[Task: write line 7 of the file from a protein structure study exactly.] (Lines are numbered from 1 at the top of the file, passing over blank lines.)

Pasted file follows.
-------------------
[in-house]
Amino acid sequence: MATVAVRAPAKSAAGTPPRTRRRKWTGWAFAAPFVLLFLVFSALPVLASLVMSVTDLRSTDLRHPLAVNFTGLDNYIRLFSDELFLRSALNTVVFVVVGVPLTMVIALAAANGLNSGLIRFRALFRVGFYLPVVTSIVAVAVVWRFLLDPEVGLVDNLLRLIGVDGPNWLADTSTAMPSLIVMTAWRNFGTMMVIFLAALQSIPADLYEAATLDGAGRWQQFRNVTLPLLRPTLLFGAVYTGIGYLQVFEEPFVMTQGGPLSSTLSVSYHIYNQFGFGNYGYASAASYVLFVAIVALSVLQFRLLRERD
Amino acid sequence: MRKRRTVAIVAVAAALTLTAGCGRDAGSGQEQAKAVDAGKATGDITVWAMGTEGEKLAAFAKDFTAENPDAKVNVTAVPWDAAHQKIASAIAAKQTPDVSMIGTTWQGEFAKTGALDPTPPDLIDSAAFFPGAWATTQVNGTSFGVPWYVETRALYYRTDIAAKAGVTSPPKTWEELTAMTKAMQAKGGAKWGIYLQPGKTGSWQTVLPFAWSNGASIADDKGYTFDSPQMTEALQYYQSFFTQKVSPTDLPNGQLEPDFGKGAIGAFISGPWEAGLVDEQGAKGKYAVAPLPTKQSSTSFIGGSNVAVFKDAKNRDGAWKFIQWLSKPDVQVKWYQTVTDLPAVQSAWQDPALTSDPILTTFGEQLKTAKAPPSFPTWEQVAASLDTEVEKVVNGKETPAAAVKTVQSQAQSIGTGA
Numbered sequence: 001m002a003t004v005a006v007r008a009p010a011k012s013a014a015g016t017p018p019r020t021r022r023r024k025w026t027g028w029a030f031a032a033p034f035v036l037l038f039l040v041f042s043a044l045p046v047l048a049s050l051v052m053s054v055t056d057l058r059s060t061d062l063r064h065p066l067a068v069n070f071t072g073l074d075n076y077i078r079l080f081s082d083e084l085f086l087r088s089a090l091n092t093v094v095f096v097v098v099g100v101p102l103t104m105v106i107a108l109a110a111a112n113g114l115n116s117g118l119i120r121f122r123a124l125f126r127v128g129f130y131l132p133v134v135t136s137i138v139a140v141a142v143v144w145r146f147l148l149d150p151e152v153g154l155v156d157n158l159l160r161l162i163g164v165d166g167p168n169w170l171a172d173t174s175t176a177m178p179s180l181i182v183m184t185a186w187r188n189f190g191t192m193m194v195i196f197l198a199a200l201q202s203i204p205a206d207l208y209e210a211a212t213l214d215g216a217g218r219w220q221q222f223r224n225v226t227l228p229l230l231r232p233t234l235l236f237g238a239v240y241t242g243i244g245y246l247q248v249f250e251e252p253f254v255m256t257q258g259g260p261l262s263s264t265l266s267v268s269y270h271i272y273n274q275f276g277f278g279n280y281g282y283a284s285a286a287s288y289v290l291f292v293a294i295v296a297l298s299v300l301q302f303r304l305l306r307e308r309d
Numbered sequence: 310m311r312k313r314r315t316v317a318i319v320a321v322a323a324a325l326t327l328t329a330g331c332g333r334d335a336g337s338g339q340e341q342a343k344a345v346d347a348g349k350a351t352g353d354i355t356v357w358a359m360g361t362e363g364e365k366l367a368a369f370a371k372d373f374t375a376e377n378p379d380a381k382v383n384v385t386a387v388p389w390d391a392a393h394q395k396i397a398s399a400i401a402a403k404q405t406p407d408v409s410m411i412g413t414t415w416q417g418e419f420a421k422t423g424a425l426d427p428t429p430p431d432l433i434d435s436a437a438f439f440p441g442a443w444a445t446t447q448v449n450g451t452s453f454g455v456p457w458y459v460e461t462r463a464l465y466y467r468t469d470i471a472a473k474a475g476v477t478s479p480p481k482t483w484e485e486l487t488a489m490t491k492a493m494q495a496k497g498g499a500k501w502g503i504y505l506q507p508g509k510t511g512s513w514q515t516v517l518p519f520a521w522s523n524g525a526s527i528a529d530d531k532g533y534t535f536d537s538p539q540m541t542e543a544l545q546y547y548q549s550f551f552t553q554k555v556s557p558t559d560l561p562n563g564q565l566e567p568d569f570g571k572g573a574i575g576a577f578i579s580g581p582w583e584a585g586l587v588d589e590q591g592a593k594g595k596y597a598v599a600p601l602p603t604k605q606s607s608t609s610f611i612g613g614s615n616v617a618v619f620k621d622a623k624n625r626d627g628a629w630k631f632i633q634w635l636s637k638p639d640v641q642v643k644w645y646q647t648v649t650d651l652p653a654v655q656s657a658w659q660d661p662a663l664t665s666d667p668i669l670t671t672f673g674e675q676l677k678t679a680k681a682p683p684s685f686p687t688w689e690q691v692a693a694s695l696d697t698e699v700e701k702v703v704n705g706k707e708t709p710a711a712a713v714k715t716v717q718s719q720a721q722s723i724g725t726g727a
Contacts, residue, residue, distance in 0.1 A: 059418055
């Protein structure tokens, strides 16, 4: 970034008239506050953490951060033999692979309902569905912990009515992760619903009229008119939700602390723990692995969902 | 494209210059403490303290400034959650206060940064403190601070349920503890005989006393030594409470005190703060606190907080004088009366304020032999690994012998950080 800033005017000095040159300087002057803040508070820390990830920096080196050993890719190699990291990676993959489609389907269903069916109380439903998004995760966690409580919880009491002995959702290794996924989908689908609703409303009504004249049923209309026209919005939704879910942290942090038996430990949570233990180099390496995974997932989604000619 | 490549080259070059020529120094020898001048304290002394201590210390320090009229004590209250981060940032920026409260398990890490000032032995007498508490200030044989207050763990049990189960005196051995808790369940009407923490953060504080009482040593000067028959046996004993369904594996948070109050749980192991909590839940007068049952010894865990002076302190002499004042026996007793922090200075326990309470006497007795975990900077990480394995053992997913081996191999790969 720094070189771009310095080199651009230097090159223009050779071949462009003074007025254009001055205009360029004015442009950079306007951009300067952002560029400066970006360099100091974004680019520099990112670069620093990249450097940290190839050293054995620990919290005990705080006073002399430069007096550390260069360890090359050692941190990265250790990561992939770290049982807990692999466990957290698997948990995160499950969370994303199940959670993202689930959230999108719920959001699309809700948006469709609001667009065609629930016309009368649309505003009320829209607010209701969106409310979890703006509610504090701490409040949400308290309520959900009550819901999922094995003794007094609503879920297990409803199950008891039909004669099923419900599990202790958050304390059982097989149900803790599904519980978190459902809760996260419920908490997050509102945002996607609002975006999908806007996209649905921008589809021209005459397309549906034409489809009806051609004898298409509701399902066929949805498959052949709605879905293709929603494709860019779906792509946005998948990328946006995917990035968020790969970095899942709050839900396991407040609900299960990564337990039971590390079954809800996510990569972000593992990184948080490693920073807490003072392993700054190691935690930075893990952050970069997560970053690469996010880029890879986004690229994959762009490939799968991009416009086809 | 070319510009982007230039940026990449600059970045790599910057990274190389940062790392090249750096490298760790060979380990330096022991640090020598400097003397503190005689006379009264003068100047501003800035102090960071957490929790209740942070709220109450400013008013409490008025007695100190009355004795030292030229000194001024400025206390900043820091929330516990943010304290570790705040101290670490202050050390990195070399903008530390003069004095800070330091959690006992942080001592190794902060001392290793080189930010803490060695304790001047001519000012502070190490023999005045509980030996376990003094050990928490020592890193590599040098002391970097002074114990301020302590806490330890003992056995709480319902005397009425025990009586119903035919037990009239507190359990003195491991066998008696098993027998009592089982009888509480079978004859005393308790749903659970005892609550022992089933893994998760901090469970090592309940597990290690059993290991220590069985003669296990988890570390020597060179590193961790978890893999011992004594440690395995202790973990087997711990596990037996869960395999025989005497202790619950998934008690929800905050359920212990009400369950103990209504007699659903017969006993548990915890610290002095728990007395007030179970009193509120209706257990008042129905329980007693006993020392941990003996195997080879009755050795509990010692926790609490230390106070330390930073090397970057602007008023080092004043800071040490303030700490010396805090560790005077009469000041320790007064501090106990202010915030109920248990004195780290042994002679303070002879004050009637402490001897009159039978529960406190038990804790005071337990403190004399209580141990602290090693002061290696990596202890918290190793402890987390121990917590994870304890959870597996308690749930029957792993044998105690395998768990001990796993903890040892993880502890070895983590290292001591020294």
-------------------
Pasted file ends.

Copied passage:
């Protein structure tokens, strides 16, 4: 970034008239506050953490951060033999692979309902569905912990009515992760619903009229008119939700602390723990692995969902 | 494209210059403490303290400034959650206060940064403190601070349920503890005989006393030594409470005190703060606190907080004088009366304020032999690994012998950080 800033005017000095040159300087002057803040508070820390990830920096080196050993890719190699990291990676993959489609389907269903069916109380439903998004995760966690409580919880009491002995959702290794996924989908689908609703409303009504004249049923209309026209919005939704879910942290942090038996430990949570233990180099390496995974997932989604000619 | 490549080259070059020529120094020898001048304290002394201590210390320090009229004590209250981060940032920026409260398990890490000032032995007498508490200030044989207050763990049990189960005196051995808790369940009407923490953060504080009482040593000067028959046996004993369904594996948070109050749980192991909590839940007068049952010894865990002076302190002499004042026996007793922090200075326990309470006497007795975990900077990480394995053992997913081996191999790969 720094070189771009310095080199651009230097090159223009050779071949462009003074007025254009001055205009360029004015442009950079306007951009300067952002560029400066970006360099100091974004680019520099990112670069620093990249450097940290190839050293054995620990919290005990705080006073002399430069007096550390260069360890090359050692941190990265250790990561992939770290049982807990692999466990957290698997948990995160499950969370994303199940959670993202689930959230999108719920959001699309809700948006469709609001667009065609629930016309009368649309505003009320829209607010209701969106409310979890703006509610504090701490409040949400308290309520959900009550819901999922094995003794007094609503879920297990409803199950008891039909004669099923419900599990202790958050304390059982097989149900803790599904519980978190459902809760996260419920908490997050509102945002996607609002975006999908806007996209649905921008589809021209005459397309549906034409489809009806051609004898298409509701399902066929949805498959052949709605879905293709929603494709860019779906792509946005998948990328946006995917990035968020790969970095899942709050839900396991407040609900299960990564337990039971590390079954809800996510990569972000593992990184948080490693920073807490003072392993700054190691935690930075893990952050970069997560970053690469996010880029890879986004690229994959762009490939799968991009416009086809 | 070319510009982007230039940026990449600059970045790599910057990274190389940062790392090249750096490298760790060979380990330096022991640090020598400097003397503190005689006379009264003068100047501003800035102090960071957490929790209740942070709220109450400013008013409490008025007695100190009355004795030292030229000194001024400025206390900043820091929330516990943010304290570790705040101290670490202050050390990195070399903008530390003069004095800070330091959690006992942080001592190794902060001392290793080189930010803490060695304790001047001519000012502070190490023999005045509980030996376990003094050990928490020592890193590599040098002391970097002074114990301020302590806490330890003992056995709480319902005397009425025990009586119903035919037990009239507190359990003195491991066998008696098993027998009592089982009888509480079978004859005393308790749903659970005892609550022992089933893994998760901090469970090592309940597990290690059993290991220590069985003669296990988890570390020597060179590193961790978890893999011992004594440690395995202790973990087997711990596990037996869960395999025989005497202790619950998934008690929800905050359920212990009400369950103990209504007699659903017969006993548990915890610290002095728990007395007030179970009193509120209706257990008042129905329980007693006993020392941990003996195997080879009755050795509990010692926790609490230390106070330390930073090397970057602007008023080092004043800071040490303030700490010396805090560790005077009469000041320790007064501090106990202010915030109920248990004195780290042994002679303070002879004050009637402490001897009159039978529960406190038990804790005071337990403190004399209580141990602290090693002061290696990596202890918290190793402890987390121990917590994870304890959870597996308690749930029957792993044998105690395998768990001990796993903890040892993880502890070895983590290292001591020294």